Sounds like 'lan-so-pra-zol'

Easy-to-read medicine information about lansoprazole – what it is, how to take lansoprazole safely and possible side effects.

 Type of medicine

 Also called

  • Belongs to a group of medicines known as proton pump inhibitors
  • Solox®
  • Lanzol Relief®

What is lansoprazole?

  • Lansoprazole reduces the amount of acid produced in the stomach.
  • It is used to treat a number of stomach-related conditions caused by too much acid, such as indigestion, reflux, and ulcers.
  • It can also prevent ulcers from forming, or help the healing process where damage has already occurred.
  • Lansoprazole may be given (along with antibiotics) to get rid of Helicobacter pylori, a bacteria found in the stomach which can cause ulcers.
  • Lansoprazole may be used to prevent ulcers caused by medicines such as non-steroidal anti-inflammatory drugs (NSAIDs). Examples of NSAIDs are diclofenac, ibuprofen, naproxen.


  • The usual dose of lansoprazole is 30 mg once a day.
  • For some people, 15 mg once a day is enough.
  • Duration (how long you need to take it) varies from one week to many years.
  • If you have been taking lansoprazole for a year or more, ask your doctor if you could step down to an H2 blocker (such as ranitidine). Recent studies suggest there may be a number of risks from long-term use of proton pump inhibitors like lansoprazole including an increased risk of heart attacks, bone fractures and nutrient deficiencies such as low magnesium.

How to take lansoprazole

  • Take lansoprazole once a day at the same time each day, usually in the morning.
  • Swallow the capsule whole with a glass of water. Do not crush or chew - it does not work properly if the capsule is crushed or chewed.
  • If you find it difficult to swallow the capsule, you can open the capsule and sprinkle the contents on a small amount of soft food or liquid and swallow without chewing.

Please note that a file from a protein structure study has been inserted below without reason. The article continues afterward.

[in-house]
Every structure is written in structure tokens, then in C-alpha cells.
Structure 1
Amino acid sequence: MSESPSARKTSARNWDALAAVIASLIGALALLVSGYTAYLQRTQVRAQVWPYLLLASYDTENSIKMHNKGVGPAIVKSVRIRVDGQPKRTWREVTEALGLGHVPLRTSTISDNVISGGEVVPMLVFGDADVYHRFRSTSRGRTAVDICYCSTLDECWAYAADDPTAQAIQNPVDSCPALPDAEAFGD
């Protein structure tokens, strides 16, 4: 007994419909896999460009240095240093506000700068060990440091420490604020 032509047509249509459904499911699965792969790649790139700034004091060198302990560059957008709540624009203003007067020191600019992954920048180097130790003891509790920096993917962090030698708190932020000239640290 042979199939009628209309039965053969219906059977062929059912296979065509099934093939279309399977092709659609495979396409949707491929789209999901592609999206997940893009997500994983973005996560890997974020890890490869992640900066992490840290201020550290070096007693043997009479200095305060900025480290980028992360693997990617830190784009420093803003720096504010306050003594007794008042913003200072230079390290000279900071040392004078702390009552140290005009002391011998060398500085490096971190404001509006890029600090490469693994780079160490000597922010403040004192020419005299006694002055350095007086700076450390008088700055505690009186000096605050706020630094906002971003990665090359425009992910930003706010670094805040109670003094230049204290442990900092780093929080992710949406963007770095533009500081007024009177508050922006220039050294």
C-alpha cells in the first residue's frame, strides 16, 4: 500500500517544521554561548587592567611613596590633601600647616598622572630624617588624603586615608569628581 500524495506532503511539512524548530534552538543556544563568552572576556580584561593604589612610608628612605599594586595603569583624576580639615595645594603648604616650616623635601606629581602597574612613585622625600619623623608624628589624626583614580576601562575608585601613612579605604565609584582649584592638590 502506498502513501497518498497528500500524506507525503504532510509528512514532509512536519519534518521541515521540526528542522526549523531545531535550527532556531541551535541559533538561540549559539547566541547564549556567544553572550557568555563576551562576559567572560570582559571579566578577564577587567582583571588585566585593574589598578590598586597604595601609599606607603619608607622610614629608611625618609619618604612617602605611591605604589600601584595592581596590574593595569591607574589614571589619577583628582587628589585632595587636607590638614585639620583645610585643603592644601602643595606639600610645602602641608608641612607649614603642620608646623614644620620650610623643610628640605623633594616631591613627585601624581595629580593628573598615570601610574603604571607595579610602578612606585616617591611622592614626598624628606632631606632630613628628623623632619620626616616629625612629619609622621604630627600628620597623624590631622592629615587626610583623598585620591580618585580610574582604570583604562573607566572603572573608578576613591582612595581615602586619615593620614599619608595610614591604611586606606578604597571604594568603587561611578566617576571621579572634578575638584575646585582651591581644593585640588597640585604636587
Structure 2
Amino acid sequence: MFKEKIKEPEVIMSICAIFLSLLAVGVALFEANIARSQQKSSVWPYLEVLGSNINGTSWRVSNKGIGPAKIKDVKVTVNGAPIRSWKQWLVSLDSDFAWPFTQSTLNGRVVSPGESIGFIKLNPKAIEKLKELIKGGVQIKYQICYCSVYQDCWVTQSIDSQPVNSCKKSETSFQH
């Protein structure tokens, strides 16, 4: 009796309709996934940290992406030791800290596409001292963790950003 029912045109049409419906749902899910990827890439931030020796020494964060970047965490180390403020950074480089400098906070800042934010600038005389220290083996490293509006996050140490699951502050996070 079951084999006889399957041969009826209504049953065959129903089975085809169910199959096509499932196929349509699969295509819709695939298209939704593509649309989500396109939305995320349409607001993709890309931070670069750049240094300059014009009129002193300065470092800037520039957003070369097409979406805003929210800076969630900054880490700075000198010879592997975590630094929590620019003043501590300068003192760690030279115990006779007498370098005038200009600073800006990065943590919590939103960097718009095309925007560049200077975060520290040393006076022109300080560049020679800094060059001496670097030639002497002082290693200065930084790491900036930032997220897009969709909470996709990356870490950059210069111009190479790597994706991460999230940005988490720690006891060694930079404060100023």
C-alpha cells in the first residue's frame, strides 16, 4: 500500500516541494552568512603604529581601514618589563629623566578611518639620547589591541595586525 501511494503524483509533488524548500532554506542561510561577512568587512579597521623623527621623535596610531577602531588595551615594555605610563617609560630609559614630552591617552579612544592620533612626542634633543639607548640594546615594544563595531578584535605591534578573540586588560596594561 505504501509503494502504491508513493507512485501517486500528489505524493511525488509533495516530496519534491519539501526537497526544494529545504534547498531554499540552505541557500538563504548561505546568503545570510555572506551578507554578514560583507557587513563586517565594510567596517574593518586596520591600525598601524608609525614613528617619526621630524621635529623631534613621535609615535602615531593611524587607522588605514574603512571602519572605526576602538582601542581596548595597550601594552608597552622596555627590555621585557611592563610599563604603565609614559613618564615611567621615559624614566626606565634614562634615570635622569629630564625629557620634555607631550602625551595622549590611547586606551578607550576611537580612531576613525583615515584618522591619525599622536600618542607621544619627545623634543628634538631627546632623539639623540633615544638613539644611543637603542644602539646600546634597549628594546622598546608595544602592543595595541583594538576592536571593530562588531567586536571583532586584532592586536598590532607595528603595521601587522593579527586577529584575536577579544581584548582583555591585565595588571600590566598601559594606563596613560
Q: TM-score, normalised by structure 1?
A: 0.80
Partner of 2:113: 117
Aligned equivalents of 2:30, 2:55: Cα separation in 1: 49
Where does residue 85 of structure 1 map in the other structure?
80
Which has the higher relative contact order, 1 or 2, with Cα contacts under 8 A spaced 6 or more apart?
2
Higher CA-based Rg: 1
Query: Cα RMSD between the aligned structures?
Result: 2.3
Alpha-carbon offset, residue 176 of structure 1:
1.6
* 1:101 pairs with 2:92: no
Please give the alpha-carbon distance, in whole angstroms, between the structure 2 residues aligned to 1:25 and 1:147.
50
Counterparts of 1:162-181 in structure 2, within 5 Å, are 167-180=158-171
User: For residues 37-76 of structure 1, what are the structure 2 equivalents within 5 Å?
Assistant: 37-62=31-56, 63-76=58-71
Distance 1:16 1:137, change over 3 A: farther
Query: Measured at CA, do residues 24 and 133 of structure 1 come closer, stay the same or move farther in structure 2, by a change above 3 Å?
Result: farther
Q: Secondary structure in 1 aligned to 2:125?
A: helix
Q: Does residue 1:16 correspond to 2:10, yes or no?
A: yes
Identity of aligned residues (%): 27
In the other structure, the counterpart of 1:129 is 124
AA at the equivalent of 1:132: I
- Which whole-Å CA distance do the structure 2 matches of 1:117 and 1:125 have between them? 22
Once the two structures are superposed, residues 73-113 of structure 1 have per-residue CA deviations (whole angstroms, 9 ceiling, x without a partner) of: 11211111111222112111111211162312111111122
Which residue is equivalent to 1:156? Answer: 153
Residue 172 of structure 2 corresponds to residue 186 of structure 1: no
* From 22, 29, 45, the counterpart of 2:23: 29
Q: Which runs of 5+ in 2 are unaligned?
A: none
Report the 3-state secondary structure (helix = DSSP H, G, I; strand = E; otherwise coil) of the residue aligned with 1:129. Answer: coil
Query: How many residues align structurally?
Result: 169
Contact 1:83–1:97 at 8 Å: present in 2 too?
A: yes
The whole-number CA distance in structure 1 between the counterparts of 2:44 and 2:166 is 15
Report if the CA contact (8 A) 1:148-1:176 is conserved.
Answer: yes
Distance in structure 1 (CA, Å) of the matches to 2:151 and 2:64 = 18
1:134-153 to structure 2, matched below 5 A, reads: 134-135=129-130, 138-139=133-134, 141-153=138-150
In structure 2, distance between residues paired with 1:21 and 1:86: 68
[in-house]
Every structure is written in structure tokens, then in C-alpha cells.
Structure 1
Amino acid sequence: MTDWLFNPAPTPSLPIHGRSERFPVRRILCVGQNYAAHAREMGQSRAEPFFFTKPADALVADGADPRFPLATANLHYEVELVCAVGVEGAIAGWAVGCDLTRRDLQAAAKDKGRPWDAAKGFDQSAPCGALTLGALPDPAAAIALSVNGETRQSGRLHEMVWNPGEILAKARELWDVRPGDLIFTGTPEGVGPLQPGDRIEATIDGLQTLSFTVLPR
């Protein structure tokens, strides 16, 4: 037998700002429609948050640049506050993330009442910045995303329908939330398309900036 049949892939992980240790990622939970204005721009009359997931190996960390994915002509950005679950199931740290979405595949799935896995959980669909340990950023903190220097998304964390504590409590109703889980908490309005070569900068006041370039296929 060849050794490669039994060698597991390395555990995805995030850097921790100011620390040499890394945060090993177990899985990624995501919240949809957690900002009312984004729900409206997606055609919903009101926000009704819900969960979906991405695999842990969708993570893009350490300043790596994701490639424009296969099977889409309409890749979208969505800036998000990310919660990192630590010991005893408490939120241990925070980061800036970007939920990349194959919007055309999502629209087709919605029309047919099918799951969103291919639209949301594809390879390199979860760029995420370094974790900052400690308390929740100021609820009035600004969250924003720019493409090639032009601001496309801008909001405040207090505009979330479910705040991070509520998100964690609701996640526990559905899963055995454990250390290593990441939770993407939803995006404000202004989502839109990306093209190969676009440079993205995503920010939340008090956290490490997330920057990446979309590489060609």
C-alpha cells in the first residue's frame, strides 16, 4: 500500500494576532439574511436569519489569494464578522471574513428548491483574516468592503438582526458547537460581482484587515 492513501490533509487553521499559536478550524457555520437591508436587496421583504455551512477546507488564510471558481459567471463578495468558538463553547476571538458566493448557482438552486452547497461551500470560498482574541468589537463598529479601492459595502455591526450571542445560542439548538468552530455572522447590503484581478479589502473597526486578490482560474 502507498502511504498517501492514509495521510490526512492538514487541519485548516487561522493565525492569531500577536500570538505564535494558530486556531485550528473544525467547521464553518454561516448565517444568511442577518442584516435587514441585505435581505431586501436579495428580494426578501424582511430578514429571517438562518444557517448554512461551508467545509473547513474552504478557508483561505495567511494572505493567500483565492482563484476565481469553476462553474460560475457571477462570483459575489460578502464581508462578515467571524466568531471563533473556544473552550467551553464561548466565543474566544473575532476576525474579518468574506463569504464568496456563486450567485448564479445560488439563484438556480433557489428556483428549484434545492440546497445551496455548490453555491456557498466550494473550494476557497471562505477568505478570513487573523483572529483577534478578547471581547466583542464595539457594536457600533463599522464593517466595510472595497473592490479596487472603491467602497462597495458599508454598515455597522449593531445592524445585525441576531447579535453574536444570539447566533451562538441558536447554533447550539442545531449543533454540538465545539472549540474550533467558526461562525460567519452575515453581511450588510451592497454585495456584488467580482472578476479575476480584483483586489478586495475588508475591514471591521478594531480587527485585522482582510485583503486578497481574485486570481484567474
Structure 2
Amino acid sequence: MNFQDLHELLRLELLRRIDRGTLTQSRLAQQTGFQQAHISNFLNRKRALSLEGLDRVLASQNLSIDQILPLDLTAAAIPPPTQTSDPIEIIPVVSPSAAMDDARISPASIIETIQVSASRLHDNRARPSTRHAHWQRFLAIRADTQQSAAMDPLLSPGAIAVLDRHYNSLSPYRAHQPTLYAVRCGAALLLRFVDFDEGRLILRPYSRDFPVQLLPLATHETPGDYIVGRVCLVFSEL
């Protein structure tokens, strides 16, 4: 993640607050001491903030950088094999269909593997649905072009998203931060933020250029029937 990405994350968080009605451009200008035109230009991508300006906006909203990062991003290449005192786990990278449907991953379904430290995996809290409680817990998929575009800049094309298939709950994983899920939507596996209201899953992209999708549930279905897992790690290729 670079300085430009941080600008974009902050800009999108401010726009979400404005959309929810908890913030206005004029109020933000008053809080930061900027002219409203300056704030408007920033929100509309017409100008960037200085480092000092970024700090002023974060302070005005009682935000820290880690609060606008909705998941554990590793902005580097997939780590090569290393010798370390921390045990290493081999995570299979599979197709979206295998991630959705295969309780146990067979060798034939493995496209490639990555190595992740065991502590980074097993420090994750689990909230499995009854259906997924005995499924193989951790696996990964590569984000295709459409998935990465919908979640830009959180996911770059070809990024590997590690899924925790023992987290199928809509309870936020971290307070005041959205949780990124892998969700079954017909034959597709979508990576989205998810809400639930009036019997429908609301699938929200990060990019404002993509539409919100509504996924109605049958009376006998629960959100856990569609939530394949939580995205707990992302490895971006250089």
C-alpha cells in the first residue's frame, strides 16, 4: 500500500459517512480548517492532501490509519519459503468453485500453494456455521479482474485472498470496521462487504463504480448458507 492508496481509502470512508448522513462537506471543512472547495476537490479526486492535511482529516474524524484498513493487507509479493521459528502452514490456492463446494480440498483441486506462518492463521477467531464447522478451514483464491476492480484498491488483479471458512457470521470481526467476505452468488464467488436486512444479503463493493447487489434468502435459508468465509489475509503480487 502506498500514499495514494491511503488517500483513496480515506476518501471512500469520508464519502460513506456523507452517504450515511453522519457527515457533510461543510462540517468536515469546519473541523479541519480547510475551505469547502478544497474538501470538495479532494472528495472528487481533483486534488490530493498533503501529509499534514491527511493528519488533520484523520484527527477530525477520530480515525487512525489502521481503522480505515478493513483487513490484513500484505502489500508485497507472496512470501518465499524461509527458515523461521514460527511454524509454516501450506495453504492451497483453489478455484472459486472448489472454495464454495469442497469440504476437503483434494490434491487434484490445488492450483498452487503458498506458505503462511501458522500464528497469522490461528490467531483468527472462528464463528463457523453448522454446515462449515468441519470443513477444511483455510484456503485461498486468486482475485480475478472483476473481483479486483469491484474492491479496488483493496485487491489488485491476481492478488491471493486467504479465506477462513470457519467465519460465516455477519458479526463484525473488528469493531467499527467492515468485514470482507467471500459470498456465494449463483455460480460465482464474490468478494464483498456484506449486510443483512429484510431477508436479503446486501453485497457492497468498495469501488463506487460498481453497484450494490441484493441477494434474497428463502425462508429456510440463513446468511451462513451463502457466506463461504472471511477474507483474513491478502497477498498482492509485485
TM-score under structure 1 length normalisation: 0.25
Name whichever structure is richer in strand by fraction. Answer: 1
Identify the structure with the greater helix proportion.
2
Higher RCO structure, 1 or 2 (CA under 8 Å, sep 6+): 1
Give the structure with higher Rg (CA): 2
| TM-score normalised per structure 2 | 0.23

• Do not crush the capsule contents.
  • Lansoprazole can be taken before or after food, although taking it 30 to 60 minutes before food is preferable.
  • If you forget to take your dose, take it as soon as you remember that day.
  • But, if it is nearly time for your next dose, just take the next dose at the right time. Do not take double the amount.

Possible side effects

Like all medicines, lansoprazole can cause unwanted side effects, although not everyone gets them. Often unwanted side effects improve as your body adjusts to the new medicine.

Side effects What should I do?
  • Stomach upset, feeling sick
  • Feeling bloated, gas in the tummy
  • Loose stool (mild diarrhoea)
  • Constipation
  • These are quite common when you first start taking lansoprazole
  • Tell your doctor if troublesome 
  • Signs of low magnesium such as muscle cramps, weakness, tiredness, feeling irritable, and changes in heart beat
  • Increase your intake of magnesium-rich foods such as wholegrain cereals, green leafy vegetables (spinach, parsley, cabbage), peas, lean meats, nuts, seeds and bananas
  • Tell your doctor if troublesome — you may need a magnesium supplement
  • Severe diarrhoea (loose, watery, frequent stools)  
  • Lansoprazole can increase the chance of getting severe diarrhoea (which may be caused by a bacteria called clostridium difficle)
  • Stop lansoprazole and tell your doctor immediately 
  • Signs of an allergic reaction such as rash, fever, painful joints
  • Tell your doctor immediately or ring HealthLine 0800 611 116 
  • Worsening stomach problems such as really bad stomach pain, blood in the stool or black stools, vomit blood or dark coloured vomit.
  • Tell your doctor immediately or ring HealthLine 0800 611 116 


Lansoprazole may interact with a few medications and herbal supplements, so check with your doctor or pharmacist before starting lansoprazole or before starting any new medicines.

Learn more

Medsafe Consumer Information Sheet: Lanzol Relief

New Zealand Formulary Patient Information: lansoprazole

Credits: Sandra Ponen, Pharmacist. Reviewed By: Dr Janine Bycroft, Nov 2014